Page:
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Wine fills the veins, and healths are understood To give our friends a title to our blood:

Who, naming me, doth warm his courage fo, Shews for my fake what his bold hand would do.



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HLORIS farewel! I now muft go:
For if with thee longer stay,

Thy eyes prevail upon me fo,

I fhall prove blind, and lose my way.


Fame of thy beauty, and thy youth,
Among the reft, me hither brought:
Finding this fame fall fhort of truth,
Made me stay longer than I thought.

For I'm engag'd by word and oath,
A fervant to another's will:
Yet, for thy love, I'd forfeit both,
Could I be fure to keep it ftill.


But what affurance can I take?
When thou, foreknowing this abuse,
For fome more worthy lover's fake,
May' leave me with fo juft excufe.


For thou may'ft fay, 'twas not thy fault
That thou didst thus inconstant prove;
Being by my example taught

To break thy oath, to mend thy love.


No, Chloris, no: I will return,
And raife thy ftory to that height,
That ftrangers fhall at diftance burn;
And fhe distrust me reprobate.


Then fhall my love this doubt difplace,
And gain fuch truft, that I may come
And banquet fometimes on thy face,

But make my conftant meals at home.

Of my Lady ISABELLA playing on the lute.

UCH moving founds, from fuch a careless touch!.


So unconcern'd herfelf, and we fo much!

What art is this, that with fo little pains
Transports us thus, and o'er our fpirits reigns?
The trembling strings about her fingers crowd,
And tell their joy for every kifs aloud:

Small force there needs to make them tremble fo;

Touch'd by that hand, who would not tremble too?
Here Love takes ftand, and, while fhe charms the ear,
Empties his quiver on the liftening deer:

Mufic fo foftens and difarms the mind,
That not an arrow does refiftance find.

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Thus the fair tyrant celebrates the prize,
And acts herself the triumph of her eyes :
So Nero once, with harp in hand, survey'd
His flaming Rome, and as it burn'd he play'd.

To a LADY finging a Song of his compofing.

HLORIS, yourself you so excel,

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When you vouchsafe to breathe my thought,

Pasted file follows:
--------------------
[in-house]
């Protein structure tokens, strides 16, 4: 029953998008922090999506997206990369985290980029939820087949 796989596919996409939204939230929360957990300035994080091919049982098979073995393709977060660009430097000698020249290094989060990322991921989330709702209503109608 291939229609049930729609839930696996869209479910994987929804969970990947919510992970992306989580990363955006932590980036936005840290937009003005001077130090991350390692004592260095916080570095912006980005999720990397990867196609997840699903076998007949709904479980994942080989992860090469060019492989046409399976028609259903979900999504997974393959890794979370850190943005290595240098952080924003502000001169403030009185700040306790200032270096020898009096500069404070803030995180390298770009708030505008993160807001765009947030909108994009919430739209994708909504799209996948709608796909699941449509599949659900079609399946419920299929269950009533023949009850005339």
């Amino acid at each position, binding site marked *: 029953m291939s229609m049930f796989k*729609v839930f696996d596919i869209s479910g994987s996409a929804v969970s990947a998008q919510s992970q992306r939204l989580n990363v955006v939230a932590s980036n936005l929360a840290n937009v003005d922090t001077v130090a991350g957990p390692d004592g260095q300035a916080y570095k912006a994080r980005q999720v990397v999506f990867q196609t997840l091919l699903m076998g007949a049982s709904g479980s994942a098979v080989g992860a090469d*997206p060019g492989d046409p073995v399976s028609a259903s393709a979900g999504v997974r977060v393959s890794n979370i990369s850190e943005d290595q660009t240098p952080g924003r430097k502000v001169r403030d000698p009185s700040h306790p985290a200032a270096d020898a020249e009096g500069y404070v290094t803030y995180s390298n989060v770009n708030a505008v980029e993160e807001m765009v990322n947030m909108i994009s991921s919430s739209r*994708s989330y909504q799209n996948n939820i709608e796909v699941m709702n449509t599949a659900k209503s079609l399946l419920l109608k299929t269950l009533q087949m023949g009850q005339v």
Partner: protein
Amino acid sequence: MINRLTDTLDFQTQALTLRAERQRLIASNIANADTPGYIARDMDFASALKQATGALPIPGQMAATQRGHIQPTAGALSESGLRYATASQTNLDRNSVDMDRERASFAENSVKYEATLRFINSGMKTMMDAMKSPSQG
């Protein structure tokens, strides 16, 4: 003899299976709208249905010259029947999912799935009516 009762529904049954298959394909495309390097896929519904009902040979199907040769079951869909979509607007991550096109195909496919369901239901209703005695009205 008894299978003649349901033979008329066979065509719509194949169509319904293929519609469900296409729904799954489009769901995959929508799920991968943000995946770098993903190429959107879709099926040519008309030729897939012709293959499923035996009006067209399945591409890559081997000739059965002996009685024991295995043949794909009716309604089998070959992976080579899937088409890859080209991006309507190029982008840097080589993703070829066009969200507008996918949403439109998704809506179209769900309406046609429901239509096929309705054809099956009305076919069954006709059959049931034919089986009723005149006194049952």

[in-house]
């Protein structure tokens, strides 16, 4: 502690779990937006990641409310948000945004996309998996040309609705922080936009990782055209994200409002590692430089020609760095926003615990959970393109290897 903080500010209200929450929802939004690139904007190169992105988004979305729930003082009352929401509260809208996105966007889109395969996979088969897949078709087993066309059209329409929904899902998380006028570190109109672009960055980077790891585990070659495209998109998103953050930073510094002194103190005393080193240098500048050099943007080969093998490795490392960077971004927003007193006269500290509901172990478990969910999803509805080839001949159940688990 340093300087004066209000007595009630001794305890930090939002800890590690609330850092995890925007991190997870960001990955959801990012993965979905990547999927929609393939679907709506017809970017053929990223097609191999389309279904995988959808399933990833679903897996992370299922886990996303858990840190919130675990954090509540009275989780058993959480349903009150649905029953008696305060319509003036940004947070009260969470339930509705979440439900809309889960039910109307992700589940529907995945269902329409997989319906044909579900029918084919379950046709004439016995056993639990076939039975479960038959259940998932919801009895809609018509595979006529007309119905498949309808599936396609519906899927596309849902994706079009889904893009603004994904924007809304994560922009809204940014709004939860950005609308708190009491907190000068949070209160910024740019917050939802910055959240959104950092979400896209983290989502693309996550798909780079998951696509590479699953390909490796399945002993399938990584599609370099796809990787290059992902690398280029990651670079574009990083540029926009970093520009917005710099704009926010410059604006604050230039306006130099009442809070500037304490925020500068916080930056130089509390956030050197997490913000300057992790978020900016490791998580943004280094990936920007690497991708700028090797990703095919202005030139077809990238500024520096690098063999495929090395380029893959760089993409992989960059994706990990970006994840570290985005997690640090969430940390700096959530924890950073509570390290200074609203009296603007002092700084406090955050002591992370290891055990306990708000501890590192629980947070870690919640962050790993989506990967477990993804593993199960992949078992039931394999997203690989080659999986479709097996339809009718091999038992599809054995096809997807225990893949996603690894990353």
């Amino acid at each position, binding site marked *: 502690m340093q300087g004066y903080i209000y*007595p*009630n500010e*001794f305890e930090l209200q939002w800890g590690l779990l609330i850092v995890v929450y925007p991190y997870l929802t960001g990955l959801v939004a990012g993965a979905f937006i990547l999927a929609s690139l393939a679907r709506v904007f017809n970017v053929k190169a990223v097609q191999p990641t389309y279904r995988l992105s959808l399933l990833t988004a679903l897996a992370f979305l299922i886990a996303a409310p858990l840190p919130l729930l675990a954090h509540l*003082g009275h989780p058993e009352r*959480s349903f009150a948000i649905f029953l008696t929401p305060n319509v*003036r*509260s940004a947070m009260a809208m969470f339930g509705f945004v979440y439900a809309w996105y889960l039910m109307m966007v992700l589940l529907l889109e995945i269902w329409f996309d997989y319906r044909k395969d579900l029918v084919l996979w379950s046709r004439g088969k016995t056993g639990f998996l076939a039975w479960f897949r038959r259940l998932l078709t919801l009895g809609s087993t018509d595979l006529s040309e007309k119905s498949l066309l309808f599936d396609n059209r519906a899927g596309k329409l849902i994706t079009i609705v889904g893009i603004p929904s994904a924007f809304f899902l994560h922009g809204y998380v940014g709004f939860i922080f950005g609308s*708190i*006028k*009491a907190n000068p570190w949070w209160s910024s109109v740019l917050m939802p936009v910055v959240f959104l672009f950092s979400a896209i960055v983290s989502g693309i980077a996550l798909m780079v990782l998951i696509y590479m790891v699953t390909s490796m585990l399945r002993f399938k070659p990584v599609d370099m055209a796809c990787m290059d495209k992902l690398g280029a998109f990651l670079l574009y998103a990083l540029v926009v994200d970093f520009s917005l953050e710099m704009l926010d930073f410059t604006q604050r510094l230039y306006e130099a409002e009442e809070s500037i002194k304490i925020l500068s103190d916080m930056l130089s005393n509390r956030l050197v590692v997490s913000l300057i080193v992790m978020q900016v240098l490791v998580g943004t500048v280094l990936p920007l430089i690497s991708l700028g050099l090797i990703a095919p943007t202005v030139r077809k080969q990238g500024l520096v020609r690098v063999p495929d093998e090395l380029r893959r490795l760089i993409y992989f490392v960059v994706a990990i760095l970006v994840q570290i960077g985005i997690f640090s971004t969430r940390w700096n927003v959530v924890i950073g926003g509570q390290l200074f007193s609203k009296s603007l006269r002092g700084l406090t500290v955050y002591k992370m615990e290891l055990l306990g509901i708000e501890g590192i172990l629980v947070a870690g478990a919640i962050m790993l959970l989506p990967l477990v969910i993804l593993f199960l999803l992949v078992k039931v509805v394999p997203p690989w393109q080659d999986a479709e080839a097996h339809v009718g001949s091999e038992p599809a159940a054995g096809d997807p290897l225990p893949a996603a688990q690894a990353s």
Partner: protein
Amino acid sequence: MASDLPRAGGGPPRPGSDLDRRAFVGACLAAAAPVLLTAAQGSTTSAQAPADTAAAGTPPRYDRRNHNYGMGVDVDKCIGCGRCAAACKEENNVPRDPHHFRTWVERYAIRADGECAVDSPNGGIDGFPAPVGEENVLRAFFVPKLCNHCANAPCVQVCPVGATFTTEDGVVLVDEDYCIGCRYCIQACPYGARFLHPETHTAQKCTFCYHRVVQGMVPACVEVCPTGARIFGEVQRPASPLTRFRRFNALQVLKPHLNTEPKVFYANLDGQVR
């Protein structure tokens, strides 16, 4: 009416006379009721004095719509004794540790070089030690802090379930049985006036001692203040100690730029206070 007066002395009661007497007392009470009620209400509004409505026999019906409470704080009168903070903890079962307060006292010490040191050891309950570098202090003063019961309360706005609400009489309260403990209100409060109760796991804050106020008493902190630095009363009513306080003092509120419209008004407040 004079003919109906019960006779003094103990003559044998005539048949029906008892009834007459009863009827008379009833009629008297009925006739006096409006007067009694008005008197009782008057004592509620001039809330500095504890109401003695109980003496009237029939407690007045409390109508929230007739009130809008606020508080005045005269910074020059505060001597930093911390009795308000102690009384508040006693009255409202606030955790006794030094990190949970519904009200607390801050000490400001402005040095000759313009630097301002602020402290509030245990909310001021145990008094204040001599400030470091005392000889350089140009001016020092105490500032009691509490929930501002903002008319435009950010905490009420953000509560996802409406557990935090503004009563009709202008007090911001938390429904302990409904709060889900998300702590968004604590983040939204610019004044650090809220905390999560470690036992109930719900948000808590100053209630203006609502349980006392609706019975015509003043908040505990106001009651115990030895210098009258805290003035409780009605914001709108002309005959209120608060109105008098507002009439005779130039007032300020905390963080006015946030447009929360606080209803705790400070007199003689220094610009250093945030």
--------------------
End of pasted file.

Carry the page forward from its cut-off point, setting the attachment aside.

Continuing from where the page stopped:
That, like a spirit, with this spell

Of my own teaching, I am caught.

That eagle's fate and mine are one,
Which, on the shaft that made him die,
Efpy'd a feather of his own,

Wherewith he wont to foar so high.

Had Echo with so sweet a grace
Narciffus' loud complaints return'd,

Not for reflection of his face,

But of his voice, the boy had burn'd.


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EHOLD, and liften, while the Fair
Breaks in sweet sounds the willing air:
And, with her own breath, fans the fire
Which her bright eyes do first inspire.
What reafon can that love control,
Which more than one way courts the foul?

So, when a flash of lightning falls

On our abodes, the danger calls



For human aid; which hopes the flame
To conquer, though from heaven it came:
But, if the winds with that confpire,
Men strive not, but deplore the fire.

Of the MARRIAGE of the DWARFS.

DESIGN, or chance, make others wive;

But nature did this match contrive:

Eve might as well have Adam fled,
As the deny'd her little bed

To him, for whom Heaven feem'd to frame,
And measure out, this only dame.

Thrice happy is that humble pair,

Beneath the level of all care!
Over whofe heads thofe arrows fly
Of fad diftruft, and jealoufy:
Secured in as high extreme,

As if the world held none but them.
To him the fairest nymphs do fhow
Like moving mountains topp'd with fnow;
And every man a Polypheme

Does to his Galatea feem:

None may presume her faith to prove;
He proffers death that proffers love.

Ah, Chloris! that kind nature thus
From all the world had fever'd us:
Creating for ourselves us two,
As love has me for only you!



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READING the path to nobler ends, A long farewell to love I gave: Refolv'd my country, and my friends,

All that remain'd of me should have.

And this refolve no mortal dame,

None but those eyes, could have o’erthrown : The nymph I dare not, need not, name,

So high, fo like herself alone.

Thus the tall oak, which now afpires

Above the fear of private fires;

Grown and defign'd for nobler use,
Not to make warm, but build the house;
Though from our meaner flames secure,
Muft that which falls from heaven endure.


M Makes it fall fummer ere fpring's a

Makes it full fummer ere the spring 's begun & And with ripe fruit the bending boughs can load, Before our violets dare look abroad:

So, measure not by any common use,

The early love your brighter eyes produce.
When lately your fair hand in woman's weed
Wrap'd my glad head, I wish'd me fo indeed,
That hafty time might never make me grow
Out of thofe favours you afford me now,
That I might ever fuch indulgence find;
And you not blush, or think yourself too kind.


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